In September 2002 the British Virgin Islands government introduced amendments to the Insurance Act 1994 to create a regime for the registration and regulation of segregated portfolio companies (SPCs) (known in some other jurisdictions as protected cell companies). The Insurance (Amendment) Act 2002 (the Amendment Act) was introduced following a perceived demand from the international insurance market and is designed primarily to facilitate so called rent-a-captive operations, aimed to assist companies that are too small to form a captive insurance company of their own. (The Amendment Act and the Insurance Act 1994, are collectively referred to in this briefing simply as the Act).
The Act establishes a system of voluntary application for an existing or proposed insurance company to be licensed by the Financial Services Commission (FSC) in the British Virgin Islands as an SPC. However, no SPC can be created without the prior approval of the FSC. An SPC must include in its name the letters SPC or the words Segregated Portfolio Company.
Essentially, an SPC may create one or more segregated portfolio in order to ring-fence the assets and liabilities of one portfolio from the assets and liabilities of another portfolio, while remaining one legal entity. This eliminates the need and the associated expense for incorporating separate companies to hold separate assets or having to use trust or contractual structures.
The Act provides for the division of an SPC's assets into segregated portfolio assets and general assets. The general assets are those assets that are not applied to any particular segregated portfolio. The directors have a duty to establish and maintain procedures to keep segregated portfolio assets separate and separately identifiable from general assets.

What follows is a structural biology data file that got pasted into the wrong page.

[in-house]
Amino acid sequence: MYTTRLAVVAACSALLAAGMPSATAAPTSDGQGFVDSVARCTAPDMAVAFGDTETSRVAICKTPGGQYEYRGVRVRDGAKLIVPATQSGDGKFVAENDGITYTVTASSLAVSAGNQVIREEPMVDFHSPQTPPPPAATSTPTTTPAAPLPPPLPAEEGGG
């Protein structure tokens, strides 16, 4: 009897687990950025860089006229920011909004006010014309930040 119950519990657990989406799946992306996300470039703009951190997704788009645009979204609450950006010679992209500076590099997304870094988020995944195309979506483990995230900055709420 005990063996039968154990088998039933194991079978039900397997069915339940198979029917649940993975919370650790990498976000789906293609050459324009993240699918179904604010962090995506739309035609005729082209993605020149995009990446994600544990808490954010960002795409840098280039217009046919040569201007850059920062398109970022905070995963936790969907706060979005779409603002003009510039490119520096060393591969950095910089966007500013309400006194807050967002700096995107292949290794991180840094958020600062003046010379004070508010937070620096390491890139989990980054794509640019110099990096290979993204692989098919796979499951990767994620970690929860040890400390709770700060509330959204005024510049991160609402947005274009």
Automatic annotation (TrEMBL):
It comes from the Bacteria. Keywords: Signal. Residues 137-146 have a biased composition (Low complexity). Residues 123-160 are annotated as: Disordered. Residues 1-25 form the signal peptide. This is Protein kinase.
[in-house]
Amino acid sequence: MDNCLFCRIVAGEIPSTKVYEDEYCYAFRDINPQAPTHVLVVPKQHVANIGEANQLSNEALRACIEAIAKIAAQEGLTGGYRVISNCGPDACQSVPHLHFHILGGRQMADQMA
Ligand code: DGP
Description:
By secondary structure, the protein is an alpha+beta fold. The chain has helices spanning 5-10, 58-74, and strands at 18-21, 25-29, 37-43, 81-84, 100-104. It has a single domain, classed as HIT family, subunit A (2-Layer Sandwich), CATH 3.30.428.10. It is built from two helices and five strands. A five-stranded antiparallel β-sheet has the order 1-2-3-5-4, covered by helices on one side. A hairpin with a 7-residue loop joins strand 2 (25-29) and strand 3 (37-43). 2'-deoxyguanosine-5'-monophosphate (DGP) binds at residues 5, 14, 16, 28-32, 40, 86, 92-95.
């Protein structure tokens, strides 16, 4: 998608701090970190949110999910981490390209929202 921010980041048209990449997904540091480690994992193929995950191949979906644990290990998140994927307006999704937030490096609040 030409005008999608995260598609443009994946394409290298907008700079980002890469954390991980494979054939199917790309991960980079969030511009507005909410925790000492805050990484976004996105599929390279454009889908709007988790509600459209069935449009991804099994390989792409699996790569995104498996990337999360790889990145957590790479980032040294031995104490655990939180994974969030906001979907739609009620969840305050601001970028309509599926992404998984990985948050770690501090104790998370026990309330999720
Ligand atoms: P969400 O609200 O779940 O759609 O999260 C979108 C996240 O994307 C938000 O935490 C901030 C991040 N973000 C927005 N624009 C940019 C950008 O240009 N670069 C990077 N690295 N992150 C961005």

An SPC may create different classes or series of shares relating to the same portfolio, the proceeds of the issue of which are included in the segregated portfolio assets of the relevant segregated portfolio. The proceeds of the issue of shares, other than segregated portfolio shares, must be included in the company's general assets. Segregated portfolio dividends are paid on segregated portfolio shares by reference only to the accounts of the segregated portfolio in respect of which such shares are issued.
The Act provides that any contract or agreement that is to be binding only on a particular segregated portfolio must be specifically executed by the SPC for and on behalf of that segregated portfolio. Failure to do so will generally result in the directors incurring personal liability for the liabilities of the SPC and the segregated portfolio under that agreement, although unless the directors were fraudulent, reckless, negligent or acted in bad faith, the directors will have a right of indemnity against the assets of the portfolio in question. If the contract or agreement was not entered into on behalf of a specific portfolio, the directors can be indemnified from the general assets of the company.
Segregated portfolio assets are only available to meet liabilities to the creditors of the SPC who are creditors in respect of that specific segregated portfolio. Such assets are absolutely protected from the creditors of other portfolios. A creditor of a segregated portfolio will have recourse, first, to the assets of that segregated portfolio and, secondly, the company's general assets, to the extent that the segregated portfolio's assets are insufficient to satisfy the liability.
An application for registration as an SPC must be accompanied by an adequate business plan for the proposed SPC and for each proposed segregated portfolio of that SPC. As with any insurance company, the applicant must demonstrate that it has or has available to it the knowledge and expertise necessary for the proper management of segregated portfolios.
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